Just back from a "networking event" at Harvard Startups with the rather ambitious title "Entrepreneurship, Disruptive Technologies and the Future of Public Media: How Participatory Digital Culture is Driving New Business Models and Changing Media As We Know It." I had expected a serious presentation, and it turned out to be a stand-up-and-shout in a hallway.
But the speaker, Jake Shapiro, turned out to be interesting. He is Executive Director of the Public Radio Exchange, an exchange for public radio programming. Public Radio is, according to Bill Bryson, the most underfunded enterprise in the USA – but it is what I listen to whenever I can. PRX is essentially a storage house for radio programs that are created by independent producers (often local radio stations) and is made available for other radio stations to access and broadcast. PRX handles licensing and provides an infrastructure for storage and distribution.
Jake turned out to have a background as a musician with an Internet bent – with the band Two Ton Shoe. He told of how he personally had experienced the Long Tail, when a record producer called them and wanted to license their music for sale – in Korea. They went there and were rock stars for a week, with sold-out concerts and radio performances.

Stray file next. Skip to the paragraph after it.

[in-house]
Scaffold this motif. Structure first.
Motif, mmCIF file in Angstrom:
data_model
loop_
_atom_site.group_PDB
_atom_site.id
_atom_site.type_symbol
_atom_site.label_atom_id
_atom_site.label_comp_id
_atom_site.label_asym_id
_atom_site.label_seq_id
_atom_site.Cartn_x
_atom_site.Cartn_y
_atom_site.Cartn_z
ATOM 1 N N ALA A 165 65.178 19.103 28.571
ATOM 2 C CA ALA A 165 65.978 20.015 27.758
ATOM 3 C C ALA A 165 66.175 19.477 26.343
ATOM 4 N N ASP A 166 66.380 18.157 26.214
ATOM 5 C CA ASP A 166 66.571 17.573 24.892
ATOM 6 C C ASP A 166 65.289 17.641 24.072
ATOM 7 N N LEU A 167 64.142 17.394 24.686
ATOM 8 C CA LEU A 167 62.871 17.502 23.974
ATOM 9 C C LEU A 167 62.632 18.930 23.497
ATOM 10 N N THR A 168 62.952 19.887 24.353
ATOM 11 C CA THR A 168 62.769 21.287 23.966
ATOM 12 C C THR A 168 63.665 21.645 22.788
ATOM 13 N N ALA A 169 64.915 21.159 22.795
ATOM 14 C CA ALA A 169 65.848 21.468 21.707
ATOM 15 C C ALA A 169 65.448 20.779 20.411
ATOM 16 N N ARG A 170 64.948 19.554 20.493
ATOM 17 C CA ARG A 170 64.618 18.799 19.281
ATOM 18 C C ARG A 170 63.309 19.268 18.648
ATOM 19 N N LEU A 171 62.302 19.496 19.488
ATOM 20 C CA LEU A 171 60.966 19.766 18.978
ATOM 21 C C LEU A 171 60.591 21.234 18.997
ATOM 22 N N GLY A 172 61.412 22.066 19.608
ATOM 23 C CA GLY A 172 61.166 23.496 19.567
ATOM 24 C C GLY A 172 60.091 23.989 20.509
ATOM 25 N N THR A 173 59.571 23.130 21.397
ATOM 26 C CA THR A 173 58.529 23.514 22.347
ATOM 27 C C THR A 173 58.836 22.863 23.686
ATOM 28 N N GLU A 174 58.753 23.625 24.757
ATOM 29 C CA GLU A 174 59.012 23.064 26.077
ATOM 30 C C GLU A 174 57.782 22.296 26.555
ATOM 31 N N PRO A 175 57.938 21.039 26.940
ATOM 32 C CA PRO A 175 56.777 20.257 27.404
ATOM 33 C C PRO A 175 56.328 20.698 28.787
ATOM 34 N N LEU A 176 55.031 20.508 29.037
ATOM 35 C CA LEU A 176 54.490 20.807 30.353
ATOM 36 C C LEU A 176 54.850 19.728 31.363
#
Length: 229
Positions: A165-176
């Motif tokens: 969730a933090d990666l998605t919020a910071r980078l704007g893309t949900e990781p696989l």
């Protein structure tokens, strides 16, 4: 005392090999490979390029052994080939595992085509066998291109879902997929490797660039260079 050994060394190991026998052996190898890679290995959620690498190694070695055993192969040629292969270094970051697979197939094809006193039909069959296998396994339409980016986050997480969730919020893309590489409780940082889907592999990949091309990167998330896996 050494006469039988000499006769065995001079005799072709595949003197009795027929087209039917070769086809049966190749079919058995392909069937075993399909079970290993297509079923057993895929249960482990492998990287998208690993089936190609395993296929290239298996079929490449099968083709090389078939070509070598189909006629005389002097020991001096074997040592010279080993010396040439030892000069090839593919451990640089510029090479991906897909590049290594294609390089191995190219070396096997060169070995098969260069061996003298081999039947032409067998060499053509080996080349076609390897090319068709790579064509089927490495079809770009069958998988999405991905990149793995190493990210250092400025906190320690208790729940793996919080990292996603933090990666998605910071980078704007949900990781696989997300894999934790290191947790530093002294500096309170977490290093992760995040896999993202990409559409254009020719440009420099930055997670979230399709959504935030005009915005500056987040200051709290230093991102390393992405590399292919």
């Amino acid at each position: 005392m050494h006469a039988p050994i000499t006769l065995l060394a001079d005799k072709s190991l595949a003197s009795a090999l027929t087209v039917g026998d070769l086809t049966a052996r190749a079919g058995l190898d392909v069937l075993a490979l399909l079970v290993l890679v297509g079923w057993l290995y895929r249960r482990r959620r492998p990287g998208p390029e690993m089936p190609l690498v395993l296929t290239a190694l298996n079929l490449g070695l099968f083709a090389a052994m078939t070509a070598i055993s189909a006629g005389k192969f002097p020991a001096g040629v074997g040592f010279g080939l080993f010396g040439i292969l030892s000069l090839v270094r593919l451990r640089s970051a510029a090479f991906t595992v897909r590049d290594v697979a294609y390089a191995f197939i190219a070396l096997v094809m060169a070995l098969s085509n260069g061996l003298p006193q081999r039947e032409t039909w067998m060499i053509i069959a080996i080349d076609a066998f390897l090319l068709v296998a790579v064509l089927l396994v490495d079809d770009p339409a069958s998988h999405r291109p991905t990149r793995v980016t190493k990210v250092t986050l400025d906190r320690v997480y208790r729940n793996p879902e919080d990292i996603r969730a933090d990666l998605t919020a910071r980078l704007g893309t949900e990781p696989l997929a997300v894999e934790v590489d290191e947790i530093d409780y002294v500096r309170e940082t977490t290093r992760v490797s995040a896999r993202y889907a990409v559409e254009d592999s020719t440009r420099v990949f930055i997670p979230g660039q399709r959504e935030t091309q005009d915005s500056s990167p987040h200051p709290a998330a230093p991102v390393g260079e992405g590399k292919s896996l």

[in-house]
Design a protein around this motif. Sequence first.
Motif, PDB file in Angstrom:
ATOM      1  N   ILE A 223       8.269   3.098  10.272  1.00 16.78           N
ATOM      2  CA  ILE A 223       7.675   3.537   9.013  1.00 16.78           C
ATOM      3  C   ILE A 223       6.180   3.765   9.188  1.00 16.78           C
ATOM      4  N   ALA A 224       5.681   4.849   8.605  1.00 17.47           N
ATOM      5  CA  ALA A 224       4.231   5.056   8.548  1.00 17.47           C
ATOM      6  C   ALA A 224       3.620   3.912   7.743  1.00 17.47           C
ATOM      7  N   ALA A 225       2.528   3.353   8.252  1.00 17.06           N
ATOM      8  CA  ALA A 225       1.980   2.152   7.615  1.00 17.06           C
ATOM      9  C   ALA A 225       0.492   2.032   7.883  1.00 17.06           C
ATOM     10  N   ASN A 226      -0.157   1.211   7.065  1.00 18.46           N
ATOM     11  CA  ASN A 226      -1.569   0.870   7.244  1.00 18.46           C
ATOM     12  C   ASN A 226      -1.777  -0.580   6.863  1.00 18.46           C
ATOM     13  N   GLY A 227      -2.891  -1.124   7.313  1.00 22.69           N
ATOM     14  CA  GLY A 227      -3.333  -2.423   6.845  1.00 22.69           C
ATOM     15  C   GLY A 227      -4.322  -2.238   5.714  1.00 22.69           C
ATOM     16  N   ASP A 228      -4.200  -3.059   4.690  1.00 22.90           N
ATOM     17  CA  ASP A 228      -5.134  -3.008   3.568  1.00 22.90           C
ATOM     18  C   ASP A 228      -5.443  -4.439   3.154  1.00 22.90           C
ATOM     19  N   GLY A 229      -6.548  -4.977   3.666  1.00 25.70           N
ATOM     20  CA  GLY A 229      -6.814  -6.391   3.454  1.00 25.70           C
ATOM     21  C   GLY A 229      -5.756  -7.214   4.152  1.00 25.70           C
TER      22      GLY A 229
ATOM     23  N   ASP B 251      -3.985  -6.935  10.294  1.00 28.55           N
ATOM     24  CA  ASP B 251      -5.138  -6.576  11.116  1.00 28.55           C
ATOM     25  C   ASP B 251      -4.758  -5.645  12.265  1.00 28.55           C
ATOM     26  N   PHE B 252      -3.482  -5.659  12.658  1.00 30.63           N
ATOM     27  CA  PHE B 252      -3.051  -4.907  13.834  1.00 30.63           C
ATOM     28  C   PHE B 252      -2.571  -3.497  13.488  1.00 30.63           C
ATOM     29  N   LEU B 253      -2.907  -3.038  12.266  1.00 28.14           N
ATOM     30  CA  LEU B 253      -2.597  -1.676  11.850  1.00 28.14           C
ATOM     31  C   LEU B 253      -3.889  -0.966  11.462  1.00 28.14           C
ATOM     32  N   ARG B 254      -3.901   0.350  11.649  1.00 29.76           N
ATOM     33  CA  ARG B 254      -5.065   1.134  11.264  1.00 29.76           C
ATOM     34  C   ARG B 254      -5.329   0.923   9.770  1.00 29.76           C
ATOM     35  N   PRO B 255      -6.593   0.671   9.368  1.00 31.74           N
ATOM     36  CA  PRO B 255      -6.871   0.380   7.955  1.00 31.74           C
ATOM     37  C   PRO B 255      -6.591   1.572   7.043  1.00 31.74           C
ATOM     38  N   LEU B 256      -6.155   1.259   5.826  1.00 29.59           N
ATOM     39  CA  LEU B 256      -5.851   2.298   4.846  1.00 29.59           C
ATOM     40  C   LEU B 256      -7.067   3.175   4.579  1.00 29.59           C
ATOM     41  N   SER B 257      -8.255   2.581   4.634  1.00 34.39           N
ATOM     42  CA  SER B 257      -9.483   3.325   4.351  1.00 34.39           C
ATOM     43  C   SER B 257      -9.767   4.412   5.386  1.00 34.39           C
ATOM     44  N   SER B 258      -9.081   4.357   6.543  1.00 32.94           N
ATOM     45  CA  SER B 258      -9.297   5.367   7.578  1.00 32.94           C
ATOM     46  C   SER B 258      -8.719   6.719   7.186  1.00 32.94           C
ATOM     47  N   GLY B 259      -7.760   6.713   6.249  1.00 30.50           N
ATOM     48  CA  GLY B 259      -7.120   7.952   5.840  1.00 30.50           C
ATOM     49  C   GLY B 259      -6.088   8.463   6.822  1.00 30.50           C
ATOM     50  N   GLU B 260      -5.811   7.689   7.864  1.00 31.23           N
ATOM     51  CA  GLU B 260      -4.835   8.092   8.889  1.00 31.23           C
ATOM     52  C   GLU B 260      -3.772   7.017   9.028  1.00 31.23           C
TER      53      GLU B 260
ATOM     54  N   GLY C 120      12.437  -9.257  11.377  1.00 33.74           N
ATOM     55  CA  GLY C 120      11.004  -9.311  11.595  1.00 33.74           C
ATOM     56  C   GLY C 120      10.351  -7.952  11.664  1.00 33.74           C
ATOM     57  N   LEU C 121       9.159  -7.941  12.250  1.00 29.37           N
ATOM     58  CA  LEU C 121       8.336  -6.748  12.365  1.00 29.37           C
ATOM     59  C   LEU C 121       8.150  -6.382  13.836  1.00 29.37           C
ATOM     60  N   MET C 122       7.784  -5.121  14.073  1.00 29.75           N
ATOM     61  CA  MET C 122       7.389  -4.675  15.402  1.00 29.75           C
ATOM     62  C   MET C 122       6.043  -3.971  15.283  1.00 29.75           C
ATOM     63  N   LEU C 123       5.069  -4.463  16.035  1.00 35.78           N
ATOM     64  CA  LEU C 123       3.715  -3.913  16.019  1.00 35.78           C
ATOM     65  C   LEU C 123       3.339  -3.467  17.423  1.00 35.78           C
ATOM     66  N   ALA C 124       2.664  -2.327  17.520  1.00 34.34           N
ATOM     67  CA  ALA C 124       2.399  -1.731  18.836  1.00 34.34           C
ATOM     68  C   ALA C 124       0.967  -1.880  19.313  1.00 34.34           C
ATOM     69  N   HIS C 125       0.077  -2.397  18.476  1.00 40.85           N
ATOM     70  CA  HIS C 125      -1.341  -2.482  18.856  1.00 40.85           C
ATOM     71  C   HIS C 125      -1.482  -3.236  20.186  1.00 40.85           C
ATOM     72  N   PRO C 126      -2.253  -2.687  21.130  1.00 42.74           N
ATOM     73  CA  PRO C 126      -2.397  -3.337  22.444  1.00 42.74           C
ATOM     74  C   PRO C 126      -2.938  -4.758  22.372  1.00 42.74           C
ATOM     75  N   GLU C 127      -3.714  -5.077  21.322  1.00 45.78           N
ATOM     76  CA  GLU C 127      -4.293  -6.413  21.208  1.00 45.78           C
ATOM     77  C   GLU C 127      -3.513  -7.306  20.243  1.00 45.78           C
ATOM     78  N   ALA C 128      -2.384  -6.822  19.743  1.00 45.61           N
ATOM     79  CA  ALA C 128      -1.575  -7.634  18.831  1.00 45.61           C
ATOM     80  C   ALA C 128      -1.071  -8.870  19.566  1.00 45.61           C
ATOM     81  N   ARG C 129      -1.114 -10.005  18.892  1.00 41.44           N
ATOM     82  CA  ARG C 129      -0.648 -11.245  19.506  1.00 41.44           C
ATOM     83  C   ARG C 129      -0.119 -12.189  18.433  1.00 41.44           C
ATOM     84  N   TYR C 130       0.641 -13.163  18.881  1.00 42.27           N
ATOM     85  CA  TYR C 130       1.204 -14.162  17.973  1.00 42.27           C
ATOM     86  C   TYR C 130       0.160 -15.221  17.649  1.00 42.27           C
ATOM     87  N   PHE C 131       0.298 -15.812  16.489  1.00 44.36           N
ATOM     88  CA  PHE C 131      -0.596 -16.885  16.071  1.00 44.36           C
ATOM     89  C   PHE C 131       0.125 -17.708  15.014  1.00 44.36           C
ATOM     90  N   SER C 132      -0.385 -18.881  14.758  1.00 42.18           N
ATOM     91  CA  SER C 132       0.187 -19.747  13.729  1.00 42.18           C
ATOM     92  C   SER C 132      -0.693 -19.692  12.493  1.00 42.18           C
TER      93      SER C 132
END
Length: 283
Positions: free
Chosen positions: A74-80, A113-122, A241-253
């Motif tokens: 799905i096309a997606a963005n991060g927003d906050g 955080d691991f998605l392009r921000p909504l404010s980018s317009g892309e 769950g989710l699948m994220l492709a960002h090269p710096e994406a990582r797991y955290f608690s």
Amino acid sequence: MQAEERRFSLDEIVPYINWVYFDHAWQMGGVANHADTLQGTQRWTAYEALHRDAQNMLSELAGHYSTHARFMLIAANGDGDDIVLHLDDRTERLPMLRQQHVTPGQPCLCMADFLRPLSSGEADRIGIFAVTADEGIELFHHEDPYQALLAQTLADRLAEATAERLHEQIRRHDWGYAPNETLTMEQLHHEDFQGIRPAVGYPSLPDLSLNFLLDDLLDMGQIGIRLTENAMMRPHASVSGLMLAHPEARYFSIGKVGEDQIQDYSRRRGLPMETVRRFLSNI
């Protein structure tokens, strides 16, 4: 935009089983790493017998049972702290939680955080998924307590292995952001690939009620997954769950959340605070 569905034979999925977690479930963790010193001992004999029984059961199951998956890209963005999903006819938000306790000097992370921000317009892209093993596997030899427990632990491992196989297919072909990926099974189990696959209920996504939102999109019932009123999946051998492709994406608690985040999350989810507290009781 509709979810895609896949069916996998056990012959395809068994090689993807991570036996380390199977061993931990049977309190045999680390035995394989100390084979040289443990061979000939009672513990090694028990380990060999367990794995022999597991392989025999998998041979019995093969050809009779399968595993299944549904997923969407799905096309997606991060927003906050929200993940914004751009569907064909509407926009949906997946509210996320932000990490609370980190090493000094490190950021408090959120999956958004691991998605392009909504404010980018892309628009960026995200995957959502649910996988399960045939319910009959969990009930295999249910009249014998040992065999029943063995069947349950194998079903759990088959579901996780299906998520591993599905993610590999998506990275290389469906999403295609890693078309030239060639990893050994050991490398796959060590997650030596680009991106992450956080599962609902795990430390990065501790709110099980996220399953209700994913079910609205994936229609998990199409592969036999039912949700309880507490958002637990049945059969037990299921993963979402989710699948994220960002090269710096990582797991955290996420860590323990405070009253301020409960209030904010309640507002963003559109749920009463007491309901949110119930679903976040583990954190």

Public broadcasting has an interesting role in the "dot-org" bubble, as Jake referred to the current enthusiasm for distibuted content creation and distribution. Freed from commercials and thin on money, it both needs to and can innovate with new models for distribution.
I’ll see, eventually – the network in the office I am writing this from apparently does not like RealAudio streams, so I wasn’t able to check out the radio programs. But it just may happen that I decide to produce a little broadcast myself one day, and this could be a great place to post it. Eventually.